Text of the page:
Table of Contents

Chapter 1: Introduction

Chapter 2: Car systems

  • 2.1. Microcontrollers
  • 2.2. Architectures
  • 2.3. Sensors

Chapter 3: Standards and networks

  • 3.1. Can and Lin
  • 3.2. Flexray
  • 3.3. Autosar
  • 3.4. ISO26262
  • 3.5. Misra
  • 3.6. Automotive Ethernet and Most
  • 3.7. Open source

Chapter 4: Research projects – state of current developments

Chapter 5: Operating systems – choice, integration and issues

Chapter 6: Autonomous driving – requirements and implications

Chapter 7: Development cycle – virtualisation and early process change

Chapter 8: Testing and verification – building in quality

Chapter 9: Taiwan and China – bringing consumer electronics to the biggest auto market

Chapter 10: Cultural changes – rethinking processes to achieve goals

Chapter 11: Platform engineering – commonality, variability and specific applications

Chapter 12: The future – Dealing with complexity

Chapter 13: Conclusion – Growth in systems-on-chip

Chapter 14: Major players – Who is doing what

Chapter 15: Company profiles

  • Continental
  • Delphi
  • Denso
  • Freescale
  • Hitachi
  • Infineon Technologies
  • NXP Semiconductors
  • Renesas
  • STMicroelectronics
  • Texas Instruments
  • TRW


  • Figure 1: The Mercedes-Benz S Class has more lines of software code than an advanced aircraft
  • Figure 2: Trends driving automotive innovation (Source: NXP)
  • Figure 3: MCU in automotive capacitive touch application (Source: Microchip)
  • Figure 4: Integrated current sensors for EPS motor control applications (Source: Allegro Microsystems)
  • Figure 5: The drops in fatalities match the introduction of technologies (Source: Delphi)
  • Figure 6: Example of a safety chain of an SEooC (Source: Magneti Marelli)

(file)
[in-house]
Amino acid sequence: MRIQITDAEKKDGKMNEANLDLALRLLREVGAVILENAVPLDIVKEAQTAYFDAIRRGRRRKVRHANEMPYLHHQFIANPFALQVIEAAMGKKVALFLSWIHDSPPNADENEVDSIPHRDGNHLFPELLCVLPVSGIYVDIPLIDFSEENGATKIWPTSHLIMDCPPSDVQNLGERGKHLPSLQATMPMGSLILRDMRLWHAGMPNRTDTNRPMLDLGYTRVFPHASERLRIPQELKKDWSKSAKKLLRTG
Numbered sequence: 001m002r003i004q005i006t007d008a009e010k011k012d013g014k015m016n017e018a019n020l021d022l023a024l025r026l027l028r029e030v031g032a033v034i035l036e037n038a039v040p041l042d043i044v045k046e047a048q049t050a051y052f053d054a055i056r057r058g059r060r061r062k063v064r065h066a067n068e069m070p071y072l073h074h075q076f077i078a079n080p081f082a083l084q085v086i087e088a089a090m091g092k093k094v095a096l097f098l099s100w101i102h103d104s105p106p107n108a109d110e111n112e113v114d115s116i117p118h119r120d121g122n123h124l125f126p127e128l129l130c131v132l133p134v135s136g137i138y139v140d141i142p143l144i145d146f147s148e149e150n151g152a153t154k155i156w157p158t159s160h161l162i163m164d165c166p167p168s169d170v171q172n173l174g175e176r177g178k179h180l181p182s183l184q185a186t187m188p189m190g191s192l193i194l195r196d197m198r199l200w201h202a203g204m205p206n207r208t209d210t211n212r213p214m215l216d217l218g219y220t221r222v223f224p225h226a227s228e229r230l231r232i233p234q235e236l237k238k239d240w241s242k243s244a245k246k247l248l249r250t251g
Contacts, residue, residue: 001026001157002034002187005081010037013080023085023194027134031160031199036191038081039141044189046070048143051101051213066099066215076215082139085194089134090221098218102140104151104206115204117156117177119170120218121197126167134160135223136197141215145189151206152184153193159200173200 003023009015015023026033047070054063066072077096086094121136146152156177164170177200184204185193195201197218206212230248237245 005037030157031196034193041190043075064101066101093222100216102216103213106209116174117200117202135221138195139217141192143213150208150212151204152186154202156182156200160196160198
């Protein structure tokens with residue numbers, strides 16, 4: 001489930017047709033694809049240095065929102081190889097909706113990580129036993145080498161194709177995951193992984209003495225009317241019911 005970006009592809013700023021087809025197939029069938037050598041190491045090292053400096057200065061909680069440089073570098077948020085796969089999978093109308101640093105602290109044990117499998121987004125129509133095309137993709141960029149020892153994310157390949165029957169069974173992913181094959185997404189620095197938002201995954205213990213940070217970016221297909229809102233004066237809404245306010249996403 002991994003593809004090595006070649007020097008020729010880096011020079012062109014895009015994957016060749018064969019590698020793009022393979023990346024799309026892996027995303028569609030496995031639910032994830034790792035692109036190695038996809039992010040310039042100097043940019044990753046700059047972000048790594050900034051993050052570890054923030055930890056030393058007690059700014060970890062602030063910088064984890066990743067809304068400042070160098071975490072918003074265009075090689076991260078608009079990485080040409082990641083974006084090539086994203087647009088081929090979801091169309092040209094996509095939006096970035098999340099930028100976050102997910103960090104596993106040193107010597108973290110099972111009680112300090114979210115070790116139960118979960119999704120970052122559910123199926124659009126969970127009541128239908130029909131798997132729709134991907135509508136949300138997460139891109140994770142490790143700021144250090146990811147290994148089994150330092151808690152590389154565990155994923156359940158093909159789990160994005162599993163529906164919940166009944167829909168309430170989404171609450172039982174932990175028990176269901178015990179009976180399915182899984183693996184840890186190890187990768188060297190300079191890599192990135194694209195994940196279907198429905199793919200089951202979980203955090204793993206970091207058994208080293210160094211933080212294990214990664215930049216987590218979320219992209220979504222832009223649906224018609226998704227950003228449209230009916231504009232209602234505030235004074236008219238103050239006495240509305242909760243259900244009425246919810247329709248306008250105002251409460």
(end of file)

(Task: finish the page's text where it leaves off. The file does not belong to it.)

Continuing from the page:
• Figure 7: Schematic overview of item boundaries in a chassis control system (Source: Bosch)
  • Figure 8: Cascade versus common cause failures (Source: TÜV Nord)
  • Figure 9: The fault-tolerant time interval is time in which a fault can be present in a system before a hazardous event occurs (Source: Magna Powertrain)
  • Figure 10: Example of a safety argument pattern (Source: University of York)
  • Figure 11: In January 2015, an Audi A7 Sportback made the 900km journey, most of it on autopilot, from California to Las Vegas for the Consumer Electronics Show
  • Figure 12: A tighter integration is needed between software and hardware testing (Source: Synopsys)
  • Figure 13: SysML can be used as a general purpose modelling language for system engineering (Source: Flanders' Make)
  • Figure 14: Part of the Autotronics exhibition in Taipei in April 2015
  • Figure 15: Example of an ASIL-ready programme (Source: Melexis)
  • Figure 16: How platform engineering can reduce costs compared with using a single system (Source: Hella)


  • Table 1: Microcontrollers – what functions do they support?
  • Table 2: Comments from industry sources – Chapter 2
  • Table 3: Comments from industry sources – Chapter 3
  • Table 4: Research projects for developing electronic systems for vehicles
  • Table 5: Comments from industry sources – Chapter 4
  • Table 6: Comments from industry sources – Chapter 5
  • Table 7: Comments from industry sources – Chapter 6
  • Table 8: Comments from industry sources – Chapter 7
  • Table 9: Comments from industry sources – Chapter 8
  • Table 10: Comments from industry sources – Chapter 9
  • Table 11: Comments from industry sources – Chapter 10
  • Table 12: Comments from industry sources – Chapter 11
  • Table 13: Comments from industry sources – Chapter 12
  • Table 14: Key products and announcements, automotive partners and non- automotive partners of selected companies profiled